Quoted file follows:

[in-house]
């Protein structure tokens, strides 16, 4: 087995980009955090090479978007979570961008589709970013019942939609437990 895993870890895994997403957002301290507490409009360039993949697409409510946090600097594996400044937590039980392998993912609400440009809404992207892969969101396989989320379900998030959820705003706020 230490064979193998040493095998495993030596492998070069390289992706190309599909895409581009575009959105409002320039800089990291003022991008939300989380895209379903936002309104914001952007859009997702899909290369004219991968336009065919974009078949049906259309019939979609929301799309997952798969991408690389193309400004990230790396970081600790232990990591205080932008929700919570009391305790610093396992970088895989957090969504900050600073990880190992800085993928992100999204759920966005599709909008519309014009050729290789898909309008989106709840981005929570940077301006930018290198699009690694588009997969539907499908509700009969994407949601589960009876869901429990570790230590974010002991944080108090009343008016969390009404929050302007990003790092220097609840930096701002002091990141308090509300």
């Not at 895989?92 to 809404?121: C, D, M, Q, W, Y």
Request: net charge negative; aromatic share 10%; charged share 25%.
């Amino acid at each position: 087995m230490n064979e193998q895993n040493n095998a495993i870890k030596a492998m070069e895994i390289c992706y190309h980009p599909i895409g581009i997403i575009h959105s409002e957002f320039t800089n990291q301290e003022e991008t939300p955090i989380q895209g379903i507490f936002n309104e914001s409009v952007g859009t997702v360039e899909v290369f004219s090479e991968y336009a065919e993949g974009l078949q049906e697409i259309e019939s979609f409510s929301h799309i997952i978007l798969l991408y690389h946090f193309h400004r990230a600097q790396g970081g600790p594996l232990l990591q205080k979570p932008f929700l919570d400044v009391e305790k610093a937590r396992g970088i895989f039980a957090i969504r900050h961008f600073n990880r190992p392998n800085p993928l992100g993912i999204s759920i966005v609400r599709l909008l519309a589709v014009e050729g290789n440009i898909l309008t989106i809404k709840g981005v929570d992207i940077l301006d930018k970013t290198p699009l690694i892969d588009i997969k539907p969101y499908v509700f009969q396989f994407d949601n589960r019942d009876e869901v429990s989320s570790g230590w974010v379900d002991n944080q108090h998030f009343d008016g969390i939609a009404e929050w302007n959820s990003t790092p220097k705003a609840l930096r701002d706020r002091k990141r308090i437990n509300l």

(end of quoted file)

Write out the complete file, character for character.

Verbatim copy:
[in-house]
């Protein structure tokens, strides 16, 4: 087995980009955090090479978007979570961008589709970013019942939609437990 895993870890895994997403957002301290507490409009360039993949697409409510946090600097594996400044937590039980392998993912609400440009809404992207892969969101396989989320379900998030959820705003706020 230490064979193998040493095998495993030596492998070069390289992706190309599909895409581009575009959105409002320039800089990291003022991008939300989380895209379903936002309104914001952007859009997702899909290369004219991968336009065919974009078949049906259309019939979609929301799309997952798969991408690389193309400004990230790396970081600790232990990591205080932008929700919570009391305790610093396992970088895989957090969504900050600073990880190992800085993928992100999204759920966005599709909008519309014009050729290789898909309008989106709840981005929570940077301006930018290198699009690694588009997969539907499908509700009969994407949601589960009876869901429990570790230590974010002991944080108090009343008016969390009404929050302007990003790092220097609840930096701002002091990141308090509300």
């Not at 895989?92 to 809404?121: C, D, M, Q, W, Y």
Request: net charge negative; aromatic share 10%; charged share 25%.
């Amino acid at each position: 087995m230490n064979e193998q895993n040493n095998a495993i870890k030596a492998m070069e895994i390289c992706y190309h980009p599909i895409g581009i997403i575009h959105s409002e957002f320039t800089n990291q301290e003022e991008t939300p955090i989380q895209g379903i507490f936002n309104e914001s409009v952007g859009t997702v360039e899909v290369f004219s090479e991968y336009a065919e993949g974009l078949q049906e697409i259309e019939s979609f409510s929301h799309i997952i978007l798969l991408y690389h946090f193309h400004r990230a600097q790396g970081g600790p594996l232990l990591q205080k979570p932008f929700l919570d400044v009391e305790k610093a937590r396992g970088i895989f039980a957090i969504r900050h961008f600073n990880r190992p392998n800085p993928l992100g993912i999204s759920i966005v609400r599709l909008l519309a589709v014009e050729g290789n440009i898909l309008t989106i809404k709840g981005v929570d992207i940077l301006d930018k970013t290198p699009l690694i892969d588009i997969k539907p969101y499908v509700f009969q396989f994407d949601n589960r019942d009876e869901v429990s989320s570790g230590w974010v379900d002991n944080q108090h998030f009343d008016g969390i939609a009404e929050w302007n959820s990003t790092p220097k705003a609840l930096r701002d706020r002091k990141r308090i437990n509300l």